Here in the Houston/Galveston area, I have come across a number of once-thriving shopping centers. In my youth, my family would go to Almeda Mall in southeast Houston. It used to be that there were a lot of great stores to go to. I certainly enjoyed going to the arcade store there to play arcade games. There were also a book store (Waldenbooks), a toy store (Kay Bee Toys), a Radio Shack, and even a few restaurants I liked. There was also an area adjacent to the food court that usually is home to the merry-go-round or other fun events (such as the Easter Bunny or Santa Claus). The mall has a small library outside of the mall also that had some books I was looking for for a project I was working on. Keep in mind that this was back around the 1990s. Last year or so (or maybe this year), I revisited Almeda Mall. SO much has changed. Many of the past stores are dead and gone. The library at Almeda Mall is abandoned. One of the anchor stores, JCPenney, has long been a Burlington Coat Factory store. You almost can't tell it was a two-story JCPenney store. One of the bigger stores at the mall was an Old Navy store. I even remember in the past how that Old Navy used to be a bunch of stores, including a Woolworth. That big Old Navy there was abandoned for the longest. Rather than a lot of stores being within the mall building, some stores and businesses are situated outside of the mall. This is an example of a once-thriving mall increasingly becoming a potential dead shopping center.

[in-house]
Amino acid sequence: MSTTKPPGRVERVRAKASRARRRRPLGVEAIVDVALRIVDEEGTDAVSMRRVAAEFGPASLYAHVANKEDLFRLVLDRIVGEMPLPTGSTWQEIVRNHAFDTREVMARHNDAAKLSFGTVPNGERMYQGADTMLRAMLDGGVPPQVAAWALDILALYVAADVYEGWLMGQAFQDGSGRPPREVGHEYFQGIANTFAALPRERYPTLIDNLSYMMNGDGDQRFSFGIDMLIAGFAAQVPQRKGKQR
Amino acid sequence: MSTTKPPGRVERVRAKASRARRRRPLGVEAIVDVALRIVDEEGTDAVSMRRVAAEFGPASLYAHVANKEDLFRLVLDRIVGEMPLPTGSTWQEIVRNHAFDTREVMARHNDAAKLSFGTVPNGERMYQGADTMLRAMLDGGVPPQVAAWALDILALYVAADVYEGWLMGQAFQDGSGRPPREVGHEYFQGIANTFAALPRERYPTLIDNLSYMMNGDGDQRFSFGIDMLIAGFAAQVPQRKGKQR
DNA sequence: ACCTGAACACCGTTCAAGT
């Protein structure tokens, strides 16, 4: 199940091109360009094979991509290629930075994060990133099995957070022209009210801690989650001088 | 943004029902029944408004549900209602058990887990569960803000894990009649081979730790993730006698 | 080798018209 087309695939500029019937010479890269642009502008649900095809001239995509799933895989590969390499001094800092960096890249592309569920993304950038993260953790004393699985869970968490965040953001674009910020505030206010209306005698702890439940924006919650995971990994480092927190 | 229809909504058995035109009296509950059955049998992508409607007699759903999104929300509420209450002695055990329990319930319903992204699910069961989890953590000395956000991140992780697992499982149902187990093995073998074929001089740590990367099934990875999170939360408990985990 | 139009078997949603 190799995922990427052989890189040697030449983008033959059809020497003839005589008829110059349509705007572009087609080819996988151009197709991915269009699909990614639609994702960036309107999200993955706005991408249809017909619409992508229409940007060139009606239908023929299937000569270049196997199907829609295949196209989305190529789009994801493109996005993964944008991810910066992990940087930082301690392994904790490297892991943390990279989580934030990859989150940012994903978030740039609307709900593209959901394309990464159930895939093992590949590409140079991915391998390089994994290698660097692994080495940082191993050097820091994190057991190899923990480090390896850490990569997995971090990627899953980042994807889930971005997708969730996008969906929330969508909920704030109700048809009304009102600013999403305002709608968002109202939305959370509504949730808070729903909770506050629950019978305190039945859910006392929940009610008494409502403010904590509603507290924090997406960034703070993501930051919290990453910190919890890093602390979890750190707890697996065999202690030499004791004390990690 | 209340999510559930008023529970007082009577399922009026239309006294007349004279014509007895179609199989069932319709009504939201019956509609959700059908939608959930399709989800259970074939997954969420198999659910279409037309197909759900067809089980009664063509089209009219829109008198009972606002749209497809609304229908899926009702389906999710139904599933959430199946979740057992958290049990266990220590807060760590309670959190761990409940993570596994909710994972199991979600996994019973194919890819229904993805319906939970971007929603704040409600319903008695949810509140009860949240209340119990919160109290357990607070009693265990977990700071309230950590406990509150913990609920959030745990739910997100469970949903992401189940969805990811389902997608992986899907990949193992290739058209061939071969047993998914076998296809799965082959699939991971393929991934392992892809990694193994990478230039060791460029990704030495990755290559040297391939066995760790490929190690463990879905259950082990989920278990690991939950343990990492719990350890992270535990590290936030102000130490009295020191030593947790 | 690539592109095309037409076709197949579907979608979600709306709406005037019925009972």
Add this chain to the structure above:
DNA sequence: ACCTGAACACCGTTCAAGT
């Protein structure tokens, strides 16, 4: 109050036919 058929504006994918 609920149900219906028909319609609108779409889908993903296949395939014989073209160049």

Did that example prove my point? Well, I got more for you! These are some Houston/Galveston area locales to prove my point.